By Marcia Herman
OK. I admit it. I’m partial to dogs, Greyhounds in particular, over the age of 10.
Do you see that white old face reveling in the field of flowers on the couch? He’s our “new” dog, Mr. Bones, whom we took in last Fall. He’s old. REAL old. Way past 10 or 11, the vets say. True, he takes a bit longer than a young dog would to get up from a prone position and, yes, his bones creak some when he stretches. But don’t be fooled. He’d love to go for a jog if we’d let him (if we could, we would!)
About ten years ago, people would see me with a Greyhound or two (or three) and say in wonderment, “What kind of dogs are they? Are they GREYHOUNDS?” “Yep,” I’d say calmly, but with heart beating proudly because I was one of the elite few who was honored enough to live with these beautiful, uncommon creatures. You see, back in the early to mid eighties, Greyhounds were as rare as a 1943 copper penny or another Hope diamond. People, some hanging out of cars, would say, “Are they racing dogs?” After stopping the car and engaging in more conversation, the more difficult, but inevitable, questions began.
The first question was usually, “Do you race them?” And the second was, “How old are they and how long do they live?” Back then, it was actually hard to give an answer to “how long do they live”. Invariably the answer would be “I really don’t know how long they live. They’ve always been put down while still very young, when they stopped winning races. Now that they’re being adopted as pets, we’ll be able to find out. Ask me again in a few years. Mine are between four and six.”
A few years have passed – 15 to be exact – and I finally some answers. Fourteen is not uncommon and many Greyhounds are still going and going and going much like the Energizer battery. Somewhere, a veterinarian once had a Greyhound that lived to be an astonishing 21!
What’s really great about living with old Greyhounds is watching them lounge on a Saturday evening in the cool “fields of flowers” in the fenced-in backyard. We watch them while we are enjoying our weekly “barbie” in the Summer, as they wait companionably with us and with each other. When we are finished, they get up from their blanket of grass and wander over to us to lick the yummy plates. When they finish licking their own plate, they wait politely for the others to finish their plates so they can check out the others’ plates for missed tasty treasures They act nonchalant about all this, but watching an old Greyhound enjoying a good plate lick makes me wish that more hounds could experience this joy as ours do. Indoors, there’s the contented look of a couch potato dozing with its cat after the two of them finish an invigorating mush session.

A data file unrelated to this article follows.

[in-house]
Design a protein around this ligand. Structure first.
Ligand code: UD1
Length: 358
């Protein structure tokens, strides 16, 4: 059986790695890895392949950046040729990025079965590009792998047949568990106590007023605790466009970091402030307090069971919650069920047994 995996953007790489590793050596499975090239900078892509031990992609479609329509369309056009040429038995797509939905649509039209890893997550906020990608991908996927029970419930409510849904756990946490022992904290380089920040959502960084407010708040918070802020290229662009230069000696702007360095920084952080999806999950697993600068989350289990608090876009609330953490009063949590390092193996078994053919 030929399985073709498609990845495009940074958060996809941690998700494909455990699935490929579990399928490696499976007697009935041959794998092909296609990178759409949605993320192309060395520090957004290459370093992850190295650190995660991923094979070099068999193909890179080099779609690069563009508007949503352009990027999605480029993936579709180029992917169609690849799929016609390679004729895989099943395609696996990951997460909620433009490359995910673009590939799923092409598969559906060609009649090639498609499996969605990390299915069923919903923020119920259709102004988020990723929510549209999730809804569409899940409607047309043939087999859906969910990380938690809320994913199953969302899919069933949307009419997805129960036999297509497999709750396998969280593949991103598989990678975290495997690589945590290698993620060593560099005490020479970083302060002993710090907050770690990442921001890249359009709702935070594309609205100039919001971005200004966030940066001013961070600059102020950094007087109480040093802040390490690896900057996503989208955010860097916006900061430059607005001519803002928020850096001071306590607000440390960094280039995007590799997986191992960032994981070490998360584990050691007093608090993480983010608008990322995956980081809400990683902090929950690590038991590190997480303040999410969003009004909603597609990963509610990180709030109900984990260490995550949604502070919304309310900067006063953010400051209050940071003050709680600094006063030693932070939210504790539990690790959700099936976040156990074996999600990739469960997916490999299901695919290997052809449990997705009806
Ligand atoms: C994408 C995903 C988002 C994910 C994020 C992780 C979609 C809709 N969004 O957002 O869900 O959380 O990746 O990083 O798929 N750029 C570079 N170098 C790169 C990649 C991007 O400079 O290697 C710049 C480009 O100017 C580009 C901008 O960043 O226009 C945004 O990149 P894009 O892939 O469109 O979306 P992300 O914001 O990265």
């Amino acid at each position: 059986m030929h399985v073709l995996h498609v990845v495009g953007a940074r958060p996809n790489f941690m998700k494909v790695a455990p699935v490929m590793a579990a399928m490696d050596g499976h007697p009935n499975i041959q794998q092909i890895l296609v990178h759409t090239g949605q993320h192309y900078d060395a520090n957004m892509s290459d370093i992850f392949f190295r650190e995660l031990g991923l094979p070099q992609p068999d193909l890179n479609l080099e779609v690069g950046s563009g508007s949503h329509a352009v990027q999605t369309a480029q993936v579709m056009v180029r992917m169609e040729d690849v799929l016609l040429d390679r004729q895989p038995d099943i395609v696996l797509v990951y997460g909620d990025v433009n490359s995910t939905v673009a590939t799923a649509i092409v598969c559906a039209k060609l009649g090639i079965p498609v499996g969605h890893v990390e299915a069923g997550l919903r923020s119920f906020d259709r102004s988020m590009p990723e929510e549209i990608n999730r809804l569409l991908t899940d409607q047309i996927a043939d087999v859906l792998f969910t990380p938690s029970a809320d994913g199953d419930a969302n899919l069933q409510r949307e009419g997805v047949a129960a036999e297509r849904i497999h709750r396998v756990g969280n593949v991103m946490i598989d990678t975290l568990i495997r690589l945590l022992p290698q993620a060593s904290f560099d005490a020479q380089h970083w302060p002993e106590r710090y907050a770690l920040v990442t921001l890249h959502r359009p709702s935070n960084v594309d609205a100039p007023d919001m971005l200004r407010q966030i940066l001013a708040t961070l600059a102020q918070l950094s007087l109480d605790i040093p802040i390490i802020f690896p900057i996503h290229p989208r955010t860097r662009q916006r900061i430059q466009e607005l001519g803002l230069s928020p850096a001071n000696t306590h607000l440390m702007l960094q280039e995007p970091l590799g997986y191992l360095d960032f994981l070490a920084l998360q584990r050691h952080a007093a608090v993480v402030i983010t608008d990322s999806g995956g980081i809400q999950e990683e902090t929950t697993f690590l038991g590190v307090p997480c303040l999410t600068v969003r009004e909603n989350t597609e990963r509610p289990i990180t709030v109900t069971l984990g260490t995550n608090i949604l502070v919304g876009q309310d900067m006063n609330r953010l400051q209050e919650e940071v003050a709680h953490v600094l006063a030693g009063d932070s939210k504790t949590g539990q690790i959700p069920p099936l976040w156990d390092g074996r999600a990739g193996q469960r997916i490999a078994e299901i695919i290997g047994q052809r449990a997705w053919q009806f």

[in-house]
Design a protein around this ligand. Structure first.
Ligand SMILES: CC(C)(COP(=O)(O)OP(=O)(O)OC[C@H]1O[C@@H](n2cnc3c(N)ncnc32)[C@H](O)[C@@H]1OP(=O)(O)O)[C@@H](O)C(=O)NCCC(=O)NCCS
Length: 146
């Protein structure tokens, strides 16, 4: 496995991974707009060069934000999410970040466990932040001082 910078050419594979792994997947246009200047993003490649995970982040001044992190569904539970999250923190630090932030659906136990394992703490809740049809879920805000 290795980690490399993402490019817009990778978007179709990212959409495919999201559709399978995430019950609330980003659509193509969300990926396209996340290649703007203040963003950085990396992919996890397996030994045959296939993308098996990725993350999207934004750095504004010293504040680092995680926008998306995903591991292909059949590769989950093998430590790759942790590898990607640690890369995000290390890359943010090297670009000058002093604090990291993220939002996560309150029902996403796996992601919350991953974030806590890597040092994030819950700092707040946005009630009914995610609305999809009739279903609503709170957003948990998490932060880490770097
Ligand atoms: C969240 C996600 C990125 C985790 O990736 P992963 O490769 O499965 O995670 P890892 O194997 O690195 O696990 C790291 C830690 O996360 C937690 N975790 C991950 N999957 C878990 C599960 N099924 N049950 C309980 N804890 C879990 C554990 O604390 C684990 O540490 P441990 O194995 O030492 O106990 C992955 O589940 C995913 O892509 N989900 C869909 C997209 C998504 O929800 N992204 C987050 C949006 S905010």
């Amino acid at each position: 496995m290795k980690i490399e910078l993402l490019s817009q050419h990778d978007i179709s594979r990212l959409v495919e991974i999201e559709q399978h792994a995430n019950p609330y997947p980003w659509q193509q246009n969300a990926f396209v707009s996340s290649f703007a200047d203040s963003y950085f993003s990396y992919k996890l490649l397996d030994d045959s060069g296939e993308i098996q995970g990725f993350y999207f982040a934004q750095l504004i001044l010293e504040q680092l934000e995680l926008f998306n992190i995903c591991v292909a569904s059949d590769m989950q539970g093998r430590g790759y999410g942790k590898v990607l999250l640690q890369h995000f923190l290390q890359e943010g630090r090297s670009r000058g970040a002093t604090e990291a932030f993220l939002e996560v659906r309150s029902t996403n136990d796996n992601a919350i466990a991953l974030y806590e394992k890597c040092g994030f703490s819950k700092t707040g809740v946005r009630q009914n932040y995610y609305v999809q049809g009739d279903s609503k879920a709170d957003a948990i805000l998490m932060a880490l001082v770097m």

Other great joys of living with old Greyhounds are numerous. Old Greyhounds are mellow. No matter what horrors they have been through, they walk into a house with other pets and greet each other and even non-canine occupants with great ease and acceptance. They are housebroken, don’t get anxiety attacks, have often already lived with children, and already “know the ropes” of home living. Most are ever so grateful for good eats, a soft bed (I won’t specify exactly where or whose the bed is), and a regular time to go out and do their “business.” They know you have rescued them. You can actually feel their appreciation as they bond to you. Ah, the simple pleasures, they must think. So this is what retirement is all about!
Many people who have children want a young dog who will be around as their children grow to adulthood. They don’t realize that their ten year old child and their 10 year old greyhound will grow together, if fate allows.
So, when people write on their application forms that they want “a two year old female who’s good with children,” I want to take them aside and say, “Take an older dog – a male if you have young children. You won’t regret it. That old Greyhound may be around a lot longer than you would expect.”
And if your old Greyhound is not around another ten years, you all will have had a very fulfilling four or five years together. Try it. I bet you’ll like it.